As part of the project, we shall be supporting the Toilet Twinning initiative, which was set up five years ago through a partnership between two charities, Cord and Tearfund, in a bid to “flush away poverty”. Throughout the world, 2.5 billion people have nowhere clean, safe and hygienic to go to the loo. The aim of the fundraising campaign is to encourage people and organisations to make a donation and “twin their toilet”.
A donation of £240 will be given to fund a toilet block in a school or a displacement camp in a part of the world where it is most needed.
St. Peter’s and St. Leonard’s Youth Group
Calling all young people ages 11 to 14
Join us in the Hall at Wilpshire Methodist Church
6.30 pm – 8 pm on 17th January, 21st February, 20th March
To help you understand the Good News of Jesus in a fun and relevant way.
IN FLANDERS FIELDS
Each Remembrance Sunday we hear the names of those of our Parish who have paid the ultimate sacrifice and given their lives in the wars of the last century. It could be that some of these men are known to you on a personal level – the sacrifices they made and who they left behind. My husband James’ Great Uncle Bob Foote was killed at Arras in the summer of 1917 and a few months ago it was with great pride that we visited the Arras Memorial and cemetery to pay our respects to him.
Before we embarked on our Flanders Fields trip I gathered some information on some of the fallen of our Parish with the intention of trying to find their graves or memorials so that we could also pay respects on behalf of our Church. Despite having access to various genealogy sites I was very sorry not to be able to find our more personal stories and would be really interested to hear from anyone who has any knowledge of those we traced. As everyone says who visits the World War One Cemeteries it is a moving and humbling experience and on behalf of the Church I was able to leave crosses for a few of those men who died during the summer of 1917 – at Arras and Ypres.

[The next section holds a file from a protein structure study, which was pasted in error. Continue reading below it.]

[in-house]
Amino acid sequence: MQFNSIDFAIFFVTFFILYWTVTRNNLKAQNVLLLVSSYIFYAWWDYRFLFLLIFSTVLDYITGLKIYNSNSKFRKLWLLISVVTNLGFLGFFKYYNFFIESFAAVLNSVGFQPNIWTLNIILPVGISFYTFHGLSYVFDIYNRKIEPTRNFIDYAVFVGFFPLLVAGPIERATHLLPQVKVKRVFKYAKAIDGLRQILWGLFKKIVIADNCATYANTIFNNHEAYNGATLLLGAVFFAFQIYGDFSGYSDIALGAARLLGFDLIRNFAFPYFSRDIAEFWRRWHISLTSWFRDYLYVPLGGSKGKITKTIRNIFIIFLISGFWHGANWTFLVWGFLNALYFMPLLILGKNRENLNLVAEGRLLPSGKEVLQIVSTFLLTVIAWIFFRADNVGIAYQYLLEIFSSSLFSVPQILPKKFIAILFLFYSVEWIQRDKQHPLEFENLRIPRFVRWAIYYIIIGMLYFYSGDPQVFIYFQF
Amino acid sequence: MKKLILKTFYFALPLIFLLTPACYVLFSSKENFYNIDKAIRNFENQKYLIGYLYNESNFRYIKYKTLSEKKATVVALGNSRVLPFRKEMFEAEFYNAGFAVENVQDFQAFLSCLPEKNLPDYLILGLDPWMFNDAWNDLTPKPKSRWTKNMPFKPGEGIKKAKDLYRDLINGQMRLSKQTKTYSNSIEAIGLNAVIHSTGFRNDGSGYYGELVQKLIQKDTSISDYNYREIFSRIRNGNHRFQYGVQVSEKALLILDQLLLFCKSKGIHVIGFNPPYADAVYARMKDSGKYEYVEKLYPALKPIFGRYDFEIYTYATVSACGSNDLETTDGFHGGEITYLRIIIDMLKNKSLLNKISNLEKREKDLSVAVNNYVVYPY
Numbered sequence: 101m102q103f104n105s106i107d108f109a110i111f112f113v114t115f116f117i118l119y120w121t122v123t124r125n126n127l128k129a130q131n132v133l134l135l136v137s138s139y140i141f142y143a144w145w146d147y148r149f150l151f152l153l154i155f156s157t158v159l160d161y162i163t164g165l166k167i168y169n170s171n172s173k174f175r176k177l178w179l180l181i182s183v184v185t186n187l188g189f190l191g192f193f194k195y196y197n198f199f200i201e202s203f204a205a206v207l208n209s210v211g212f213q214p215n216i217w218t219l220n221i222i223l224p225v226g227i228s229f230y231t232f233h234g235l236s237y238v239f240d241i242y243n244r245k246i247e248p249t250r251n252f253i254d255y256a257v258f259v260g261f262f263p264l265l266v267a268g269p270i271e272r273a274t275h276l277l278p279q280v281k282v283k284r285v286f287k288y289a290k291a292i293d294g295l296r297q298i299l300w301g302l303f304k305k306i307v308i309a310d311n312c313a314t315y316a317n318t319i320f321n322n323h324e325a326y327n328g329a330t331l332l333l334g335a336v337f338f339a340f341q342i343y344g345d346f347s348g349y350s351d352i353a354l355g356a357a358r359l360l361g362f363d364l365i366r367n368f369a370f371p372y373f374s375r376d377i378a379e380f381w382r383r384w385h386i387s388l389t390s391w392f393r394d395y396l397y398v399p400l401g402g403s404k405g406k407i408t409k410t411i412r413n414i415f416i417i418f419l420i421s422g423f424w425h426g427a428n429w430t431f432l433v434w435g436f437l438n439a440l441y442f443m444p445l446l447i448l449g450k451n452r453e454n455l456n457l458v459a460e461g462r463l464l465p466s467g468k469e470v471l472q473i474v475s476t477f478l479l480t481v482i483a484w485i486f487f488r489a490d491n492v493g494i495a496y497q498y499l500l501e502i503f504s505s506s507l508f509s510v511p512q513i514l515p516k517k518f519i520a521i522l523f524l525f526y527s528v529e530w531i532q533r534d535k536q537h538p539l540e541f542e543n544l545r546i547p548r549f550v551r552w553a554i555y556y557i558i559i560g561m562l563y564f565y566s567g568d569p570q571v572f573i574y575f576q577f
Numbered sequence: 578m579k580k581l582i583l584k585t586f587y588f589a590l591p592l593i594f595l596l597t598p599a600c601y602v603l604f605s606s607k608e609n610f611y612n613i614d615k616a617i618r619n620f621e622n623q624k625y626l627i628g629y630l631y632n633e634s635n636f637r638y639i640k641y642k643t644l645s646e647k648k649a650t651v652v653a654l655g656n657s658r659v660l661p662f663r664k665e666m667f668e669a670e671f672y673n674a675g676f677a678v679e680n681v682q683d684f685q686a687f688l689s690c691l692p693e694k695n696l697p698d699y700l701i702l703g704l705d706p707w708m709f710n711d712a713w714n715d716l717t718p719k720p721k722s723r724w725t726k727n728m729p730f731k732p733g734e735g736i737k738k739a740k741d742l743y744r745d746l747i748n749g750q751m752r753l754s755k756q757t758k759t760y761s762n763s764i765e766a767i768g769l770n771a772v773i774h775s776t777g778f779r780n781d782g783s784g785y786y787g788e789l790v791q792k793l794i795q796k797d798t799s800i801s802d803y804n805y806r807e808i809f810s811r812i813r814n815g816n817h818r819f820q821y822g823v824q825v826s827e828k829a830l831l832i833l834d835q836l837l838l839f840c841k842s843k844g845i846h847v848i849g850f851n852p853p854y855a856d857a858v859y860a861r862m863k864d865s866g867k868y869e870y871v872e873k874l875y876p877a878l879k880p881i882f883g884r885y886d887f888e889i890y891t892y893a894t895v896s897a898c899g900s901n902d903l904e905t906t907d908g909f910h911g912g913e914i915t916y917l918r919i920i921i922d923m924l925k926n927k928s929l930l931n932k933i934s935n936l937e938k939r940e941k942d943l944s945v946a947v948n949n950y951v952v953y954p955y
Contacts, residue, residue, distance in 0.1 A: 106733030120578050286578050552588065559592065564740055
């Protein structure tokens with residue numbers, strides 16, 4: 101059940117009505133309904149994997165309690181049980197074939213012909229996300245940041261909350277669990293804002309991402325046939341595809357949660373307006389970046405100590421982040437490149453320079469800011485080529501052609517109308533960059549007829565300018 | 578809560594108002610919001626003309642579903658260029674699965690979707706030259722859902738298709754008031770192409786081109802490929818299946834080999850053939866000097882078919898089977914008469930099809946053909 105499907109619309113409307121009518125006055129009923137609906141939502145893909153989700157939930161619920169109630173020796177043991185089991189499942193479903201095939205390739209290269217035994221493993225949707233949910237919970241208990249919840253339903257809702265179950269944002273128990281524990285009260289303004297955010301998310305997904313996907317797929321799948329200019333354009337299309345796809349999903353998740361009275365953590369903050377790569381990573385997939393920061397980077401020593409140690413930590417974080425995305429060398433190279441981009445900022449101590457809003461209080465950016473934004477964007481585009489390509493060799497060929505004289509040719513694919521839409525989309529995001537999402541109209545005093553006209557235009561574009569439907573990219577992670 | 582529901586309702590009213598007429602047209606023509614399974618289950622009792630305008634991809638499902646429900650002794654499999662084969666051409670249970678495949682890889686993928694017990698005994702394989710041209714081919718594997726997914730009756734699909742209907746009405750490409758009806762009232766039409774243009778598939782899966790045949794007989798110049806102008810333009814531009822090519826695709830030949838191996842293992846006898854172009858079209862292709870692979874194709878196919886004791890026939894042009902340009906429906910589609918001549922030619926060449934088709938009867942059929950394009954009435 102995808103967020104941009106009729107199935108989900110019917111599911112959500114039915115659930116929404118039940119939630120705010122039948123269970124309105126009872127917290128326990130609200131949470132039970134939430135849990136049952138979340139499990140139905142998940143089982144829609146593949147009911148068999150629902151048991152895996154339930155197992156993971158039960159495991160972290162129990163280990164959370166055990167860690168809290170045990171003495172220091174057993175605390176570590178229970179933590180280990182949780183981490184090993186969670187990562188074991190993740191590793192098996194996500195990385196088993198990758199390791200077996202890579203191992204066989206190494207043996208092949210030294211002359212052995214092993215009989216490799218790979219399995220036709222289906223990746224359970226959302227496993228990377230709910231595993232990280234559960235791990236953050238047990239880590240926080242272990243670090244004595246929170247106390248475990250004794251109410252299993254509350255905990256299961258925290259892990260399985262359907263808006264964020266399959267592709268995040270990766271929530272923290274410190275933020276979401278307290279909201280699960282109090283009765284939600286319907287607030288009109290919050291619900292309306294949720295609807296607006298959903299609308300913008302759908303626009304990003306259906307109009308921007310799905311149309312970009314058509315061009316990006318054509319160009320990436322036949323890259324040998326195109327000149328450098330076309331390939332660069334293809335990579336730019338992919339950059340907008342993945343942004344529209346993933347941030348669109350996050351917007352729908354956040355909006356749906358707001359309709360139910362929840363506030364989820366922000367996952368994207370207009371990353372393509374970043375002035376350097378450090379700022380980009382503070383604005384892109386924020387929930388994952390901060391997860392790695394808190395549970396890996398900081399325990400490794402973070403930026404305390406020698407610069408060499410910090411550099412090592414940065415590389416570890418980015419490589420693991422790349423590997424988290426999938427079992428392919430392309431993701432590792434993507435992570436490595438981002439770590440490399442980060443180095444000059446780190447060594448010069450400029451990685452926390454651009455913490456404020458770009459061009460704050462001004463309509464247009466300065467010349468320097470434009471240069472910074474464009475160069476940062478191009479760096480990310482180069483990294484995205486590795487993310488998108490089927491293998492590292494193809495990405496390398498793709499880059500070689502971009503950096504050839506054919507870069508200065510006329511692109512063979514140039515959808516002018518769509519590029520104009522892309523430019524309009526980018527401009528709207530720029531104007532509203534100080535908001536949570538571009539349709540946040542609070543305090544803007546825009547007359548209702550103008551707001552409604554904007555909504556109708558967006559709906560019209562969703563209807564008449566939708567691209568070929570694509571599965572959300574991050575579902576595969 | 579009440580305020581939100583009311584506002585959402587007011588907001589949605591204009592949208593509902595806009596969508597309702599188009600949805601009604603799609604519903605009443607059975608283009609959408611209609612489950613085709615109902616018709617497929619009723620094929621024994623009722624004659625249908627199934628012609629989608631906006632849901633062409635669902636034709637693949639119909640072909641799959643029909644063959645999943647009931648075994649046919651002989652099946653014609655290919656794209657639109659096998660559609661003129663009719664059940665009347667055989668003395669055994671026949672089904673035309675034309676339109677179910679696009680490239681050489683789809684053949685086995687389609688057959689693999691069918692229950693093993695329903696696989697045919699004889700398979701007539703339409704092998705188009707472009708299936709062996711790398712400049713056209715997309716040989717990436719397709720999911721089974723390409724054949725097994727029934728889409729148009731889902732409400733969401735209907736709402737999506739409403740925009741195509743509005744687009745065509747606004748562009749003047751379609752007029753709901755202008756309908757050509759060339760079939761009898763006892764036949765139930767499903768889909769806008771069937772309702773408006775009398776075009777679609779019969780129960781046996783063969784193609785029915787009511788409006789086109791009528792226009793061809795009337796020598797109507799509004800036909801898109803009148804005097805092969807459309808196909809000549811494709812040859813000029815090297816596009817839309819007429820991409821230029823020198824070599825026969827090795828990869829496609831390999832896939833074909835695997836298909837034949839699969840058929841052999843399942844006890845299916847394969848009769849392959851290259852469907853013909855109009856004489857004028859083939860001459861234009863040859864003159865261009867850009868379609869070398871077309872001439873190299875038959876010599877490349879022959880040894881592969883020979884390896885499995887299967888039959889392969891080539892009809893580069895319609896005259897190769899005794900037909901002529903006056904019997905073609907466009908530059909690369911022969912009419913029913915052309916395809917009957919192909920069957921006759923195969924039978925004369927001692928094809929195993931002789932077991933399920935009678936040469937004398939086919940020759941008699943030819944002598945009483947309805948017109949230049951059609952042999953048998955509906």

At Arras is buried Private William Priest of the 10th Battalion The Loyal North who died aged 25 on 9th April 1917. William was the son of Harry and France Priest of 8 Irving Place, Blackburn.
At Tyne Cot Military Cemetery near Passchendaele we paid our respects to Private John Wilkinson, 1st Battalion East Lancs who died aged 19 on 4 October 1917. He was the son of Walter and Alice Williamson of 6 Shore, Wilpshire. (I think this was situated near the old railway station near Knowsley Road).
Private John Duckworth of the 8th Battalion the Loyal North Lancs died aged 34 on 4 August 1917. Private Duckworth was the son of Mr and Mrs John Duckworth of 47 Meadow Street, Blackburn and as he had no known grave his name is recorded on a panel at the Menin Gate in Ypres.
Between Poperinghe and Ypres is a village called Vlamertinghe and here we paid our respects to Private T E Lord of the 1st Battalion the Loyal North Lancs who died aged 32 on 1st June 1917. Private Lord was the son of Mr and Mrs Edmund Lord of Balderstone and left a wife who lived at Deneley, Copster Green.
Privates Wilkinson, Duckworth and Lord all died during the campaign we know today as the 3rd Battle of Ypres.
One Life. What’s it all about - Why are we here? Is there a God? What is life all about?
On 28th September we will be starting a group to explore these and other questions.
These will be held at: St. Peter’s Vicarage, 49a Ribchester Rd, BB1 9HU Tel: 01254~248072
This group will run for 7 sessions on the following Mondays from 7.30 pm – 9 pm:
September 28th, October 5th & 19th, November 2nd, 16th, 23rd, & 30th.
CHRISTIANITY EXPLORED gives you time to think about the big questions of life, and explore the life of the person at the heart of the Christian faith – Jesus Christ.
You don’t need to know anything about the Bible. You won’t be asked to read aloud, pray or sing. You can ask any question you want.
Revision of the Electoral Roll